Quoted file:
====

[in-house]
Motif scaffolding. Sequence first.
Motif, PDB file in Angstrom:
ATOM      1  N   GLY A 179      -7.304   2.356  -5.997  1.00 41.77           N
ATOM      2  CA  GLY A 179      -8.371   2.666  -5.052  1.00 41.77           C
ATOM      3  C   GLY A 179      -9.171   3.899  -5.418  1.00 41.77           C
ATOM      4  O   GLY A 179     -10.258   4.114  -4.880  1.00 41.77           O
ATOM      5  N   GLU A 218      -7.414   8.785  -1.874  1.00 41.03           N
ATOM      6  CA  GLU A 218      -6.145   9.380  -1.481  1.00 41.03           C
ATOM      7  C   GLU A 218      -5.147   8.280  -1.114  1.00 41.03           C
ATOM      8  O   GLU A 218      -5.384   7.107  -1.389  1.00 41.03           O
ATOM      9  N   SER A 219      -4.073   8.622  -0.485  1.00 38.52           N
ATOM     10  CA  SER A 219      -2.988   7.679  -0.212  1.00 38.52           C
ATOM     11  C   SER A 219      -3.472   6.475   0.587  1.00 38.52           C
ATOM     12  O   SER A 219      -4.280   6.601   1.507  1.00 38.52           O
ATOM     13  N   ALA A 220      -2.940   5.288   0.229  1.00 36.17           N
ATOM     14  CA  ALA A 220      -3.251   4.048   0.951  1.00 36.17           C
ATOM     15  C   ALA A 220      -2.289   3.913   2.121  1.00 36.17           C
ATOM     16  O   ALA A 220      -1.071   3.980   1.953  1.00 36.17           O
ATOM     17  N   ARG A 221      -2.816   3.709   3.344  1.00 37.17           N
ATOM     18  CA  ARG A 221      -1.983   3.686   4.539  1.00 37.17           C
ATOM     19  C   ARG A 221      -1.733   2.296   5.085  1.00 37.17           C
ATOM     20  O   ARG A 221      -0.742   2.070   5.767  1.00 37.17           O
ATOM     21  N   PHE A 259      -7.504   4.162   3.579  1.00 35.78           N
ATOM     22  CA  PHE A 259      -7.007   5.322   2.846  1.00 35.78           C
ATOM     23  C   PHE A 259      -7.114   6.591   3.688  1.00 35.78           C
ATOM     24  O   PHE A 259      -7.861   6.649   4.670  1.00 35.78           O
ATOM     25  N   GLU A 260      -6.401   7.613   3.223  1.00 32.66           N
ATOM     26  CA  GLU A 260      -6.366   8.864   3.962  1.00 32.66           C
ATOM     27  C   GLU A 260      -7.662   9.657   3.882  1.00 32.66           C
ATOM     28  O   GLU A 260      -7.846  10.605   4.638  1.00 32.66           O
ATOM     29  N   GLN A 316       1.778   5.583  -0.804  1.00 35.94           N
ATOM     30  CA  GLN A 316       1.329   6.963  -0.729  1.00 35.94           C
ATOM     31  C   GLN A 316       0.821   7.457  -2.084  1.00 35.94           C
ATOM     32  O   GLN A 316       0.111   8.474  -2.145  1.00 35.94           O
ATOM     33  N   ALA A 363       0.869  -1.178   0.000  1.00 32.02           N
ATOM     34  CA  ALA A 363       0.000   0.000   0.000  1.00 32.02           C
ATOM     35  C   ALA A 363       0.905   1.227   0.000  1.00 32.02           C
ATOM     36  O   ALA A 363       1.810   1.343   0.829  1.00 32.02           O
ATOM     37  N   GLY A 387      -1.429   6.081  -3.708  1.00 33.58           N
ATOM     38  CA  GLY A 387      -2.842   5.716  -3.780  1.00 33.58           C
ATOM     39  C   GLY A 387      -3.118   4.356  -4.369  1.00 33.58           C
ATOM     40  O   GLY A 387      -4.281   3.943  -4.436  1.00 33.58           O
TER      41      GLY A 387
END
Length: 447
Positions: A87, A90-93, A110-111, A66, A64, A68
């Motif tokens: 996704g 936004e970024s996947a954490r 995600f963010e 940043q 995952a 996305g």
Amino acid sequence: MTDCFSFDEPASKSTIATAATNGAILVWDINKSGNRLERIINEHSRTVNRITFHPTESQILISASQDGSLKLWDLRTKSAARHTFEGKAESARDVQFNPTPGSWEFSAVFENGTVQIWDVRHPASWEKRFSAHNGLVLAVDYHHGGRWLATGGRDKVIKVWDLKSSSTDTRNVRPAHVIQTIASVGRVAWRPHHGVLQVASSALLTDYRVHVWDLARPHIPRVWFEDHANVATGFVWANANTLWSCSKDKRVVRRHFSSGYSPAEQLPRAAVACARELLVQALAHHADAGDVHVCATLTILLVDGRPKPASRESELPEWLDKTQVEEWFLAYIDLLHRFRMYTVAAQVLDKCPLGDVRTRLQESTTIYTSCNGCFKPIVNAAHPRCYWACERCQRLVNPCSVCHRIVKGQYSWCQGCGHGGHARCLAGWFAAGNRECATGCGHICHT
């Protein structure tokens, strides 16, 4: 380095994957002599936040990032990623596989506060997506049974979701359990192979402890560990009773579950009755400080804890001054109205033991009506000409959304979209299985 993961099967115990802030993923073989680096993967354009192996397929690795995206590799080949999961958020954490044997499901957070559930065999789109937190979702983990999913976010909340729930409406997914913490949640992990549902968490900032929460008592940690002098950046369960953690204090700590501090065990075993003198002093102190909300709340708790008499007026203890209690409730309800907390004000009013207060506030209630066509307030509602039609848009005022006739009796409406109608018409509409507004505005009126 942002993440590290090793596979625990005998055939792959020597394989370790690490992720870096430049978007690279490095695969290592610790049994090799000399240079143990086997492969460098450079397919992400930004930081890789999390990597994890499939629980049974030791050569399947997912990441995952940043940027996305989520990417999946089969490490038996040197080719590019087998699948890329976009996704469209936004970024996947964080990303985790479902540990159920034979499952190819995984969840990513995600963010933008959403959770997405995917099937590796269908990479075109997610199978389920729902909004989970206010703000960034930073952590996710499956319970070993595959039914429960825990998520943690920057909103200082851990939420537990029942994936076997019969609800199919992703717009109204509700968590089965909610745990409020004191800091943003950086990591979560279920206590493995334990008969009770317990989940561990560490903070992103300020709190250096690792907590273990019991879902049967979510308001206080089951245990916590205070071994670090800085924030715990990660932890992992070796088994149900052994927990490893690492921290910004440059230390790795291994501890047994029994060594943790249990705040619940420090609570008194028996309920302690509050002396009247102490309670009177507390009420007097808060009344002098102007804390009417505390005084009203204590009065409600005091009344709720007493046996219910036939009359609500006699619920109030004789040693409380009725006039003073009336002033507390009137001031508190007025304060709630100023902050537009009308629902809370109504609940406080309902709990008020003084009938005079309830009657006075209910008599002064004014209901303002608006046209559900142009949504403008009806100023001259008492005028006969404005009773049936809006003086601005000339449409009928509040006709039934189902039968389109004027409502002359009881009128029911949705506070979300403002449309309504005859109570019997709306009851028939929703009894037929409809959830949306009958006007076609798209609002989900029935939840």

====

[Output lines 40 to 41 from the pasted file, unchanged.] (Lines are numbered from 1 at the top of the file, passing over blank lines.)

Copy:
ATOM     37  N   GLY A 387      -1.429   6.081  -3.708  1.00 33.58           N
ATOM     38  CA  GLY A 387      -2.842   5.716  -3.780  1.00 33.58           C